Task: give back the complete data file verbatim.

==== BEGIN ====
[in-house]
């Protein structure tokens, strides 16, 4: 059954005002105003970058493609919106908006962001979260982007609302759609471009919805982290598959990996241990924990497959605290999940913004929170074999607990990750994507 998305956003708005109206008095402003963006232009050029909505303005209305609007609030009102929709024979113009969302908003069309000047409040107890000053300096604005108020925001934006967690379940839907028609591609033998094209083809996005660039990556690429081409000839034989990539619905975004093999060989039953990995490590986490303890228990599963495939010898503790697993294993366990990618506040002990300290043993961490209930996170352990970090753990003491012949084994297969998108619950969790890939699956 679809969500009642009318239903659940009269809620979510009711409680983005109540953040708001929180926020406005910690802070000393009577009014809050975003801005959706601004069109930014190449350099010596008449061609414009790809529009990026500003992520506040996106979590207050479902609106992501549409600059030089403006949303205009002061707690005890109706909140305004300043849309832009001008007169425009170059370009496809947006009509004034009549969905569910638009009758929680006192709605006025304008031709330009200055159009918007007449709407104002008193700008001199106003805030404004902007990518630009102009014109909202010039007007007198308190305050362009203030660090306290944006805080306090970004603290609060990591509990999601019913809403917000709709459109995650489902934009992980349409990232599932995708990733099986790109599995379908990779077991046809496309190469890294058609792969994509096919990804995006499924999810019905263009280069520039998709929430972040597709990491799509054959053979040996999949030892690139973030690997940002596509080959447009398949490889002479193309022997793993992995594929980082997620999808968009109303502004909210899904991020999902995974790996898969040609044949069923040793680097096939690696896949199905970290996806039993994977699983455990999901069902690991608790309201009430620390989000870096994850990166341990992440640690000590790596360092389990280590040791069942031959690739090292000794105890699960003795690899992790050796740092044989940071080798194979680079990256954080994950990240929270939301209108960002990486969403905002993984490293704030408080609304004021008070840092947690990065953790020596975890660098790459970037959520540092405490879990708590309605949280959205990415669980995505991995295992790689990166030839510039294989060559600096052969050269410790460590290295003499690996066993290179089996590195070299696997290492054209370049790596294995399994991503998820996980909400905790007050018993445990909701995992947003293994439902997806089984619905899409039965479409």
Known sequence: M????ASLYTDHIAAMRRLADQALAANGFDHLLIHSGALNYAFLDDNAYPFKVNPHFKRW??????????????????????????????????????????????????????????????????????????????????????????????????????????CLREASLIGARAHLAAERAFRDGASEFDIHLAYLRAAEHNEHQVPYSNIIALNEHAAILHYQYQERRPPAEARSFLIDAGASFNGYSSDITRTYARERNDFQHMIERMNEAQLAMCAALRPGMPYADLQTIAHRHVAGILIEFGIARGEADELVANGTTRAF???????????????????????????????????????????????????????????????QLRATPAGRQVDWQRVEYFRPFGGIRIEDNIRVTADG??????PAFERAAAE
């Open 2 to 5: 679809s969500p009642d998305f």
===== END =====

[in-house]
């Protein structure tokens, strides 16, 4: 059954005002105003970058493609919106908006962001979260982007609302759609471009919805982290598959990996241990924990497959605290999940913004929170074999607990990750994507 998305956003708005109206008095402003963006232009050029909505303005209305609007609030009102929709024979113009969302908003069309000047409040107890000053300096604005108020925001934006967690379940839907028609591609033998094209083809996005660039990556690429081409000839034989990539619905975004093999060989039953990995490590986490303890228990599963495939010898503790697993294993366990990618506040002990300290043993961490209930996170352990970090753990003491012949084994297969998108619950969790890939699956 679809969500009642009318239903659940009269809620979510009711409680983005109540953040708001929180926020406005910690802070000393009577009014809050975003801005959706601004069109930014190449350099010596008449061609414009790809529009990026500003992520506040996106979590207050479902609106992501549409600059030089403006949303205009002061707690005890109706909140305004300043849309832009001008007169425009170059370009496809947006009509004034009549969905569910638009009758929680006192709605006025304008031709330009200055159009918007007449709407104002008193700008001199106003805030404004902007990518630009102009014109909202010039007007007198308190305050362009203030660090306290944006805080306090970004603290609060990591509990999601019913809403917000709709459109995650489902934009992980349409990232599932995708990733099986790109599995379908990779077991046809496309190469890294058609792969994509096919990804995006499924999810019905263009280069520039998709929430972040597709990491799509054959053979040996999949030892690139973030690997940002596509080959447009398949490889002479193309022997793993992995594929980082997620999808968009109303502004909210899904991020999902995974790996898969040609044949069923040793680097096939690696896949199905970290996806039993994977699983455990999901069902690991608790309201009430620390989000870096994850990166341990992440640690000590790596360092389990280590040791069942031959690739090292000794105890699960003795690899992790050796740092044989940071080798194979680079990256954080994950990240929270939301209108960002990486969403905002993984490293704030408080609304004021008070840092947690990065953790020596975890660098790459970037959520540092405490879990708590309605949280959205990415669980995505991995295992790689990166030839510039294989060559600096052969050269410790460590290295003499690996066993290179089996590195070299696997290492054209370049790596294995399994991503998820996980909400905790007050018993445990909701995992947003293994439902997806089984619905899409039965479409």
Known sequence: M????ASLYTDHIAAMRRLADQALAANGFDHLLIHSGALNYAFLDDNAYPFKVNPHFKRW??????????????????????????????????????????????????????????????????????????????????????????????????????????CLREASLIGARAHLAAERAFRDGASEFDIHLAYLRAAEHNEHQVPYSNIIALNEHAAILHYQYQERRPPAEARSFLIDAGASFNGYSSDITRTYARERNDFQHMIERMNEAQLAMCAALRPGMPYADLQTIAHRHVAGILIEFGIARGEADELVANGTTRAF???????????????????????????????????????????????????????????????QLRATPAGRQVDWQRVEYFRPFGGIRIEDNIRVTADG??????PAFERAAAE
């Open 2 to 5: 679809s969500p009642d998305f």